Gallium Nitride is a binary III/V direct bandgap semiconductor that is well-suited for high-power transistors capable of operating at high temperatures. Since the 1990s, it has been used commonly in light emitting diodes (LED). Gallium nitride gives off a blue light used for disc-reading in Blu-ray. Additionally, gallium nitride is used in semiconductor power devices, RF components, lasers, and photonics. In the future, we will see GaN in sensor technology.
In 2006, enhancement-mode GaN transistors, sometimes referred to as GaN FETs, started being manufactured by growing a thin layer of GaN on the AIN layer of a standard silicon wafer using metal organic chemical vapor deposition (MOCVD). The AIN layer acts as a buffer between the substrate and GaN.
This new process enabled gallium nitride transistors to be producible in the same existing factories as silicon, using almost the same manufacturing processes. By using a known process, this allows for similar, low manufacturing costs and reduces the barrier to adoption for smaller transistors with much improved performance.
To further explain, all semiconductor materials have what is called a bandgap. This is an energy range in a solid where no electrons can exist. Simply put, a bandgap is related to how well a solid material can conduct electricity. Gallium nitride has a 3.4 eV bandgap, compared to silicon’s 1.12 eV bandgap. Gallium nitride’s wider band gap means it can sustain higher voltages and higher temperatures than silicon MOSFETs. This wide bandgap enables gallium nitride to be applied to optoelectronic high-power and high-frequency devices.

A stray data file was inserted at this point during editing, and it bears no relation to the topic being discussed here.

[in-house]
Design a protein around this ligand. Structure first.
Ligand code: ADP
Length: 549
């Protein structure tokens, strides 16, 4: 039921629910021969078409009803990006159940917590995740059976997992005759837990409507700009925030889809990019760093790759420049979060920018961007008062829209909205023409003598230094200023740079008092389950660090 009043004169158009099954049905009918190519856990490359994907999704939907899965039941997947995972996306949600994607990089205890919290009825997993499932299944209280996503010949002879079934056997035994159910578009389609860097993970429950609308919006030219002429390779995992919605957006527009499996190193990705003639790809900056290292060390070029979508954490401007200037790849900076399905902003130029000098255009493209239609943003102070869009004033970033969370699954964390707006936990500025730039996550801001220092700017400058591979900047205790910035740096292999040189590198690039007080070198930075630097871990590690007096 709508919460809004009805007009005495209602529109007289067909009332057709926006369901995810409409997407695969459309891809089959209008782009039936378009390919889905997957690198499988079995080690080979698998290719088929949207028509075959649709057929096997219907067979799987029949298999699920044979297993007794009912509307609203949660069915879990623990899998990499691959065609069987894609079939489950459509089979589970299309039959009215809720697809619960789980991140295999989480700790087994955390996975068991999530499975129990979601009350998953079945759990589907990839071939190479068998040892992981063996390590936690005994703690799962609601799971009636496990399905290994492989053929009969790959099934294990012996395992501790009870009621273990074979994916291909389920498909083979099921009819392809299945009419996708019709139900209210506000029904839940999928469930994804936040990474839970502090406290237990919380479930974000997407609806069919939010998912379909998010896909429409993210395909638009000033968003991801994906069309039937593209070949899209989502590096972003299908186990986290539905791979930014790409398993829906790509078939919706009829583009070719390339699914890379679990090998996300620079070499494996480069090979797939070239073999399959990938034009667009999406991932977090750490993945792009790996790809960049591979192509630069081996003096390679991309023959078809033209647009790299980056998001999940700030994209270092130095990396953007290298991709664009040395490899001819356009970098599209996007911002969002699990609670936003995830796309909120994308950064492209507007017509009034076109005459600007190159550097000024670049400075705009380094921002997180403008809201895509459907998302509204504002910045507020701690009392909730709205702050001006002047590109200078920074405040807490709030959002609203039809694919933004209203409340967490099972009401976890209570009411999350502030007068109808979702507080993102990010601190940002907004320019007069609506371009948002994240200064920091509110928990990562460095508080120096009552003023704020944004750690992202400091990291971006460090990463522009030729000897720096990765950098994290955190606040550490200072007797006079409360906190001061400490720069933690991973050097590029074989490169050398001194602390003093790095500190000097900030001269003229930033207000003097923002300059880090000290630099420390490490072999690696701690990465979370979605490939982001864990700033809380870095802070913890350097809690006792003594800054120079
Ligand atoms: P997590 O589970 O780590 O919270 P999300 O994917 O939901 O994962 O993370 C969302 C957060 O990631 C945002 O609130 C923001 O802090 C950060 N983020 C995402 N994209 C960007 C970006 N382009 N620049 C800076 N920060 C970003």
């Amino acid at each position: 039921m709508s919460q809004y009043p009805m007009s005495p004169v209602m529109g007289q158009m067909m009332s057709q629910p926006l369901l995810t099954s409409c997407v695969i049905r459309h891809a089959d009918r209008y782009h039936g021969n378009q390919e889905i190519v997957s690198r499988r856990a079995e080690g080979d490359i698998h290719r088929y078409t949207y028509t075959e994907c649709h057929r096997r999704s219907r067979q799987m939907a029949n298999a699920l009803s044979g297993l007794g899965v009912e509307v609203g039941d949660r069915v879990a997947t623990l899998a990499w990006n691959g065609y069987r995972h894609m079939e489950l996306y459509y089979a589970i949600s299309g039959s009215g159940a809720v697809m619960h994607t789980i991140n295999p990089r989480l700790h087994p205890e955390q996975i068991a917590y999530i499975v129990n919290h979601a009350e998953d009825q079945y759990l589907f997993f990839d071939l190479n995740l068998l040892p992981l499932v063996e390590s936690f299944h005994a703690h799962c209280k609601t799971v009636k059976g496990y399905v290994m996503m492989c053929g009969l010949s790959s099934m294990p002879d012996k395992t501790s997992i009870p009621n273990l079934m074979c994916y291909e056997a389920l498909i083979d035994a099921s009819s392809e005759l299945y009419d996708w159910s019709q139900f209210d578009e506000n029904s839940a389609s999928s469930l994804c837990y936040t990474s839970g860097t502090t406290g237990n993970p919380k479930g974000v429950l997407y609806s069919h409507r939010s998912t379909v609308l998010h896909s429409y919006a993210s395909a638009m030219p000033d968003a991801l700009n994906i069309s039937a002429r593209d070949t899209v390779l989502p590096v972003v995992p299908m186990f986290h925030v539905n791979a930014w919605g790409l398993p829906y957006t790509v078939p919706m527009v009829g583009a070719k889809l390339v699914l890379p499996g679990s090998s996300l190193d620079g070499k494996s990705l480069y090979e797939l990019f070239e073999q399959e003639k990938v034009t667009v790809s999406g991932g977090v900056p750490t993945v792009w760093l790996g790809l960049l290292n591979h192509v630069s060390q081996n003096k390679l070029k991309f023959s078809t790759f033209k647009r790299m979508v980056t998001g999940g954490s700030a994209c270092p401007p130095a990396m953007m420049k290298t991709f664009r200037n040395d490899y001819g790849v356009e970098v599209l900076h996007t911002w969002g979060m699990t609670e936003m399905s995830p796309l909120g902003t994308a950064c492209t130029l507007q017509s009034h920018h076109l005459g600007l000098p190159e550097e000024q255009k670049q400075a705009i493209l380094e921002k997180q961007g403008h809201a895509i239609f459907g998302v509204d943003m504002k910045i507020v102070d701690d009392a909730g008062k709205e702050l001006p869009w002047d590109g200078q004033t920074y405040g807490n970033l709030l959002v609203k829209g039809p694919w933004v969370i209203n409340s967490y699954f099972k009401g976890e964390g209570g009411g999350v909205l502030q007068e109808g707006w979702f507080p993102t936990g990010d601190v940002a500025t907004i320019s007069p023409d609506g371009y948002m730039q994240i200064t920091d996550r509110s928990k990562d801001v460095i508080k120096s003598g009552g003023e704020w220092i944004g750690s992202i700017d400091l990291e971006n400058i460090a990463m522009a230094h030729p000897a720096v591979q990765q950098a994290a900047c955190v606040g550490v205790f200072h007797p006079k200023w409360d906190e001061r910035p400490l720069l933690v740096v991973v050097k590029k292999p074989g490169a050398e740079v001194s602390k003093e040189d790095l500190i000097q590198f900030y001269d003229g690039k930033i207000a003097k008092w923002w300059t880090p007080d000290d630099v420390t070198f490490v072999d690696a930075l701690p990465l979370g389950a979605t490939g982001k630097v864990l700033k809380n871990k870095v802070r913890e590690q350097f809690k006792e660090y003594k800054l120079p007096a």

The ability to operate at much higher temperatures and voltages than gallium arsenide (GaAs) transistors also makes gallium nitride ideal power amplifiers for microwave and terahertz (ThZ) devices, such as imaging and sensing, the future market mentioned above. GaN technology is here and it promises to make everything better.
Post time: Oct-14-2020